Two of the coauthors of this Economic Brief — Lazaryan and Neelakantan, working with Angela Lyons and Carl Nelson of the University of Illinois at Urbana-Champaign — have developed a theoretical framework that takes into account a two-person household model in which spouses have different degrees of risk aversion and bargaining power.9 This framework corroborates the empirical finding that the share of a household's risky assets does indeed increase with wealth — and that the risk aversion and bargaining power of each partner play important roles in portfolio allocation.


How Two-Headed Households Decide

In the model developed by Neelakantan and her coauthors, a household consists of two spouses with different levels of risk aversion. They bargain over how to allocate their savings between risky and risk-free assets, and their bargaining power is reflected in the relative weight assigned to each spouse's preferences in the solution to the household's problem. This model delivers the key theoretical result that the share of wealth invested in risky assets does indeed increase with the level of household wealth.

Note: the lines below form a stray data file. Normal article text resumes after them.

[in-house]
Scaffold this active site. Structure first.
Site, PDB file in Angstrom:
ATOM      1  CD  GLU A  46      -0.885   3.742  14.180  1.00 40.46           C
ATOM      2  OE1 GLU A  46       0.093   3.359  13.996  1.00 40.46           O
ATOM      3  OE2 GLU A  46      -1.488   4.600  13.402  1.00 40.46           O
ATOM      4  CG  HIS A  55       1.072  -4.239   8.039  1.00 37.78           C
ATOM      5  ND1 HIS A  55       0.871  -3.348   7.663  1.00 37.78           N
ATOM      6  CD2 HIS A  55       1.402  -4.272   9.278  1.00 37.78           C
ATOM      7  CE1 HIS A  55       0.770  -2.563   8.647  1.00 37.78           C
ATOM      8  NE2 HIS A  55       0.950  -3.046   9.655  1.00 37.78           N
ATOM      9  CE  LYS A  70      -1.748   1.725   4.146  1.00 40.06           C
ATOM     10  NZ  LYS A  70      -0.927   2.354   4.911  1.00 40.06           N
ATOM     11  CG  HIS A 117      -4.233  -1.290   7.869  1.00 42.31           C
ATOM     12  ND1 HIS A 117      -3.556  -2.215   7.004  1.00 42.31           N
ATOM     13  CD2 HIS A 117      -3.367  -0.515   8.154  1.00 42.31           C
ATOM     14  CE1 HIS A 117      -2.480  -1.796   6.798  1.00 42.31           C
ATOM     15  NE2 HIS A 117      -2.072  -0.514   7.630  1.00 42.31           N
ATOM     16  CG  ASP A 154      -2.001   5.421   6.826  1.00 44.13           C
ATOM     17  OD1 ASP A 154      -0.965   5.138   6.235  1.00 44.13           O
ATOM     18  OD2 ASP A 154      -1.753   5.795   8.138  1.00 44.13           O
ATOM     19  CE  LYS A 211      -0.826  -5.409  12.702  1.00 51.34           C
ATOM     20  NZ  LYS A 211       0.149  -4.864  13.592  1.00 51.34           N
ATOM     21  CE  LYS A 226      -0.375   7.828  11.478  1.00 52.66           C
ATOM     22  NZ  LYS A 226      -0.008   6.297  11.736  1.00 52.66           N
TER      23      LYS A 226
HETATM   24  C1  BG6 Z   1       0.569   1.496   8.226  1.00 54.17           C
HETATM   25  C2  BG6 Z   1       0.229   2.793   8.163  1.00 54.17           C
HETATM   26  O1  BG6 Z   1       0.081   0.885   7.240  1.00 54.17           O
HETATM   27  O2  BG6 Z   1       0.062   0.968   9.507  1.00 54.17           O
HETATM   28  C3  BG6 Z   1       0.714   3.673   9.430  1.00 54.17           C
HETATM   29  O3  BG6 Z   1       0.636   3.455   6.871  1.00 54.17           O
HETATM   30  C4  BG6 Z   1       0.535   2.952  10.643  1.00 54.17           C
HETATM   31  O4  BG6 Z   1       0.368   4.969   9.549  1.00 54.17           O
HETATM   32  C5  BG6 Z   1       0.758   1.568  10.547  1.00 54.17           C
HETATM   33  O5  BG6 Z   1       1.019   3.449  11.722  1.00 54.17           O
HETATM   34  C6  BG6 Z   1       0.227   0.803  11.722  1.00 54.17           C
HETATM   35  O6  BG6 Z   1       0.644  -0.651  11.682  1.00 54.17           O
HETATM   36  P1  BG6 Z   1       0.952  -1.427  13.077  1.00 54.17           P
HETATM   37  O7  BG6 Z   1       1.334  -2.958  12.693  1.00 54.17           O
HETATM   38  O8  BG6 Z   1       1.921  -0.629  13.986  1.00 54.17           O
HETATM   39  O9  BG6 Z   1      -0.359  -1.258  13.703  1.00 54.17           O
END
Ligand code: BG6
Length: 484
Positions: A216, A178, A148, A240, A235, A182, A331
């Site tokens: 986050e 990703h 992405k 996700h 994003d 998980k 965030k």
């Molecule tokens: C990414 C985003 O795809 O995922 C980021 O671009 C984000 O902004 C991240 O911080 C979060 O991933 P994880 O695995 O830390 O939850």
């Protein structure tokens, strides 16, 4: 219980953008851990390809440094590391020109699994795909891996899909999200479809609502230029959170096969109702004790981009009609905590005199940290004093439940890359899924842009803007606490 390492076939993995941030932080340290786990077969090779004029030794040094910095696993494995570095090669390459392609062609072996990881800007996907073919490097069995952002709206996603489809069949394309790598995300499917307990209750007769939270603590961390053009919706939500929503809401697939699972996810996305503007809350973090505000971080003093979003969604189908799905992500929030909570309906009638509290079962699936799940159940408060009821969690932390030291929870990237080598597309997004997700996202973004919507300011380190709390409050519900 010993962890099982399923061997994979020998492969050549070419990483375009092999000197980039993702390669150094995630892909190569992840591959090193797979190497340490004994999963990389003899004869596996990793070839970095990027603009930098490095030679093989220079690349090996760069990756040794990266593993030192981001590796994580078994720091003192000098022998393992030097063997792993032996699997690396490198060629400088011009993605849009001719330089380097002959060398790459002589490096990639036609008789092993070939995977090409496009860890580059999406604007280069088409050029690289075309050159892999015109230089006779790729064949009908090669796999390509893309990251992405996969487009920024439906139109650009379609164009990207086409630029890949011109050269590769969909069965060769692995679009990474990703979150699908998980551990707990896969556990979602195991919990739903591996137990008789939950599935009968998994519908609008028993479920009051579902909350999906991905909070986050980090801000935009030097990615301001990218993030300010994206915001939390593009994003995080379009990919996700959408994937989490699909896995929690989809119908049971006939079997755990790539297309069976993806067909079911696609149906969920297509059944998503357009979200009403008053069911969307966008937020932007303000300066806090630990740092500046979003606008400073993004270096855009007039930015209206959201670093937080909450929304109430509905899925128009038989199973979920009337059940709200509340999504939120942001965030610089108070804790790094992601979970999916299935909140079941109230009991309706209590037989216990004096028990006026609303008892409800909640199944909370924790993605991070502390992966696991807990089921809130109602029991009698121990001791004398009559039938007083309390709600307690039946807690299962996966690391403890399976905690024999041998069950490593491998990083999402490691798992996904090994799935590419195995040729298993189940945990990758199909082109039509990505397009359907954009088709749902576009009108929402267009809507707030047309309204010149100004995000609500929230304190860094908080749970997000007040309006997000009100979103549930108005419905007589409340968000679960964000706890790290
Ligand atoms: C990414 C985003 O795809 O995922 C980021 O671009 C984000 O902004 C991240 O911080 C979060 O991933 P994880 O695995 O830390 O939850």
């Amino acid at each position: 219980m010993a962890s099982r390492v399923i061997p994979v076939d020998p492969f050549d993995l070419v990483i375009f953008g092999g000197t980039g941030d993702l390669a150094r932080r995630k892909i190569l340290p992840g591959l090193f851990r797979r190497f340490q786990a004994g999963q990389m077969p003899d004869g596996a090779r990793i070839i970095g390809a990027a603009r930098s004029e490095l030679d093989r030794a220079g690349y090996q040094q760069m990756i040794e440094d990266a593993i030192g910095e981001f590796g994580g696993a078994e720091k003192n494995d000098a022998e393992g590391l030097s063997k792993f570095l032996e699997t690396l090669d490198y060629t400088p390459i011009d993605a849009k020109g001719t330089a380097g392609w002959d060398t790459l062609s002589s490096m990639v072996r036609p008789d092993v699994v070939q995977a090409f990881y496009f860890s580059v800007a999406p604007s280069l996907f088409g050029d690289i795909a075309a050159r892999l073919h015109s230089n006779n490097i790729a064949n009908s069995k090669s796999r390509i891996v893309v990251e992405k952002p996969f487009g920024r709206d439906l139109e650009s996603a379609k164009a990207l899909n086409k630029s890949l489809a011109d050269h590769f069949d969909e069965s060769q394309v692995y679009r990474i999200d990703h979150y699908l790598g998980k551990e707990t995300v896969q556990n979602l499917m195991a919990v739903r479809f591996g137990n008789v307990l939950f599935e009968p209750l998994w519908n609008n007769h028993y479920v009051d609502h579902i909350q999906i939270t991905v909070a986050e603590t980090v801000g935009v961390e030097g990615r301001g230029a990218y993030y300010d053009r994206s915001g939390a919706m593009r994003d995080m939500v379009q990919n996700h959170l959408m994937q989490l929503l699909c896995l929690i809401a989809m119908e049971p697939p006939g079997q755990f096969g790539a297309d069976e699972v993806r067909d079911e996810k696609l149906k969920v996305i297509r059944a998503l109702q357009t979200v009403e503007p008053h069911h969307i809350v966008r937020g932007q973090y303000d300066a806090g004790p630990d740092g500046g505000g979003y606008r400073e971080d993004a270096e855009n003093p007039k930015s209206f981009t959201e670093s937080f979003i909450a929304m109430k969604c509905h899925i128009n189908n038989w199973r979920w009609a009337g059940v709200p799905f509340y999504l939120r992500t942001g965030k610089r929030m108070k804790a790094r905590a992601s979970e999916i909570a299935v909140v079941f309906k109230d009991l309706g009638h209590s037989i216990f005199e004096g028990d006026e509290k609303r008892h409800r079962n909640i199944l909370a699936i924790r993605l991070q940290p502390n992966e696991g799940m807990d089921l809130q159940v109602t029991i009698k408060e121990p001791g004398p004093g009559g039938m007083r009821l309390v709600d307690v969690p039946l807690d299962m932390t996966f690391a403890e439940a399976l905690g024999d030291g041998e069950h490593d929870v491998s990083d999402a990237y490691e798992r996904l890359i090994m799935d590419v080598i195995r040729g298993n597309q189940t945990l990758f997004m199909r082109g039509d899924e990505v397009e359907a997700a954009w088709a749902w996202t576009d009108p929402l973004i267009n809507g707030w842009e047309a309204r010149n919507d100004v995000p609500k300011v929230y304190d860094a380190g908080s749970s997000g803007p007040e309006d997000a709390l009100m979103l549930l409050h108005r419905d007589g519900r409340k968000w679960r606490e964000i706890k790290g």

In addition, the bargaining power of each spouse plays a role. If one spouse has all the bargaining power, the optimal portfolio allocation ends up coinciding with the result predicted by the classical model. That is, if the decision is being made entirely by one spouse, it will be made independent of household wealth and be determined instead by that spouse's level of risk aversion. And if both spouses have some bargaining power, but one has more than the other, the household's optimal portfolio allocation follows more closely the desired outcome of the spouse with greater influence. Accordingly, as the bargaining power of the less risk-averse spouse increases, so does the share of riskier assets. (See Figure 1.)